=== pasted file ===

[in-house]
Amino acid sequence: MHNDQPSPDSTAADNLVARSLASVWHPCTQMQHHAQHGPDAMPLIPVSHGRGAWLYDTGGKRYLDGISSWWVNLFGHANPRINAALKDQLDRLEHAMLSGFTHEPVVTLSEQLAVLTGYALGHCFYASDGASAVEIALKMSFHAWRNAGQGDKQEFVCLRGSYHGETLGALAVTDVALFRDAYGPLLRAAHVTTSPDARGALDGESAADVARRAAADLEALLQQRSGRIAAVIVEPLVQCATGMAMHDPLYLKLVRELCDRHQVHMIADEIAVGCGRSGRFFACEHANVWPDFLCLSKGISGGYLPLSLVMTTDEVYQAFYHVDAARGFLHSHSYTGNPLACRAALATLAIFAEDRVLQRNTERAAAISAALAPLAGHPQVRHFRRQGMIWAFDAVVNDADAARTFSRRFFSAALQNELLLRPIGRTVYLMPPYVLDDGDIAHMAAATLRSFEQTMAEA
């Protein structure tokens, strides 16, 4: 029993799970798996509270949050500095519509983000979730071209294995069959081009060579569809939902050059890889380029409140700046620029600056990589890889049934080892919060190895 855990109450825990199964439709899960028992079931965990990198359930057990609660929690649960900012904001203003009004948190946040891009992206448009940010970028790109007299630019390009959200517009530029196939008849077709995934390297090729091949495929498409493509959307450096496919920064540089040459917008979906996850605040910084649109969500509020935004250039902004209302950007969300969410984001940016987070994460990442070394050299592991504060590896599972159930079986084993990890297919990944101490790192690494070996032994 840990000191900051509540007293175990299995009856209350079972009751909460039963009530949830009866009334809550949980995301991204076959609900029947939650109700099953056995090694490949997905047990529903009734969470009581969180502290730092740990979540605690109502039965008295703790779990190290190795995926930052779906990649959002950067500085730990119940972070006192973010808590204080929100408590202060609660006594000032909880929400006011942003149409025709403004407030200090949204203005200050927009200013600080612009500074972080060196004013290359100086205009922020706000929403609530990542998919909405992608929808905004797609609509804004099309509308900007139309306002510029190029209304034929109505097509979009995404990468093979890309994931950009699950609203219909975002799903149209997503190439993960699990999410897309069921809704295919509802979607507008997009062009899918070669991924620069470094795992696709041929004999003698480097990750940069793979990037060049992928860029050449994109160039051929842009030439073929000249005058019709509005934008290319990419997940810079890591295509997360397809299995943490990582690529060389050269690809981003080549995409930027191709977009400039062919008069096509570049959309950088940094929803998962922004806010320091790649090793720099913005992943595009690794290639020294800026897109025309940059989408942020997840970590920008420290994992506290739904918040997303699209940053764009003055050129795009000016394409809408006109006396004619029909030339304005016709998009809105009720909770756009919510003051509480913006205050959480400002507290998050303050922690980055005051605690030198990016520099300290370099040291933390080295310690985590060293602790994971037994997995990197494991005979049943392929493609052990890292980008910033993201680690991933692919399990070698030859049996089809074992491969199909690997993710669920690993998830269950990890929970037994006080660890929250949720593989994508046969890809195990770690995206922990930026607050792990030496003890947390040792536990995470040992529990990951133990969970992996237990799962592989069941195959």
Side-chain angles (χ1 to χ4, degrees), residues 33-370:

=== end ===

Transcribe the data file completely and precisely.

[in-house]
Amino acid sequence: MHNDQPSPDSTAADNLVARSLASVWHPCTQMQHHAQHGPDAMPLIPVSHGRGAWLYDTGGKRYLDGISSWWVNLFGHANPRINAALKDQLDRLEHAMLSGFTHEPVVTLSEQLAVLTGYALGHCFYASDGASAVEIALKMSFHAWRNAGQGDKQEFVCLRGSYHGETLGALAVTDVALFRDAYGPLLRAAHVTTSPDARGALDGESAADVARRAAADLEALLQQRSGRIAAVIVEPLVQCATGMAMHDPLYLKLVRELCDRHQVHMIADEIAVGCGRSGRFFACEHANVWPDFLCLSKGISGGYLPLSLVMTTDEVYQAFYHVDAARGFLHSHSYTGNPLACRAALATLAIFAEDRVLQRNTERAAAISAALAPLAGHPQVRHFRRQGMIWAFDAVVNDADAARTFSRRFFSAALQNELLLRPIGRTVYLMPPYVLDDGDIAHMAAATLRSFEQTMAEA
């Protein structure tokens, strides 16, 4: 029993799970798996509270949050500095519509983000979730071209294995069959081009060579569809939902050059890889380029409140700046620029600056990589890889049934080892919060190895 855990109450825990199964439709899960028992079931965990990198359930057990609660929690649960900012904001203003009004948190946040891009992206448009940010970028790109007299630019390009959200517009530029196939008849077709995934390297090729091949495929498409493509959307450096496919920064540089040459917008979906996850605040910084649109969500509020935004250039902004209302950007969300969410984001940016987070994460990442070394050299592991504060590896599972159930079986084993990890297919990944101490790192690494070996032994 840990000191900051509540007293175990299995009856209350079972009751909460039963009530949830009866009334809550949980995301991204076959609900029947939650109700099953056995090694490949997905047990529903009734969470009581969180502290730092740990979540605690109502039965008295703790779990190290190795995926930052779906990649959002950067500085730990119940972070006192973010808590204080929100408590202060609660006594000032909880929400006011942003149409025709403004407030200090949204203005200050927009200013600080612009500074972080060196004013290359100086205009922020706000929403609530990542998919909405992608929808905004797609609509804004099309509308900007139309306002510029190029209304034929109505097509979009995404990468093979890309994931950009699950609203219909975002799903149209997503190439993960699990999410897309069921809704295919509802979607507008997009062009899918070669991924620069470094795992696709041929004999003698480097990750940069793979990037060049992928860029050449994109160039051929842009030439073929000249005058019709509005934008290319990419997940810079890591295509997360397809299995943490990582690529060389050269690809981003080549995409930027191709977009400039062919008069096509570049959309950088940094929803998962922004806010320091790649090793720099913005992943595009690794290639020294800026897109025309940059989408942020997840970590920008420290994992506290739904918040997303699209940053764009003055050129795009000016394409809408006109006396004619029909030339304005016709998009809105009720909770756009919510003051509480913006205050959480400002507290998050303050922690980055005051605690030198990016520099300290370099040291933390080295310690985590060293602790994971037994997995990197494991005979049943392929493609052990890292980008910033993201680690991933692919399990070698030859049996089809074992491969199909690997993710669920690993998830269950990890929970037994006080660890929250949720593989994508046969890809195990770690995206922990930026607050792990030496003890947390040792536990995470040992529990990951133990969970992996237990799962592989069941195959």
Side-chain angles (χ1 to χ4, degrees), residues 33-370: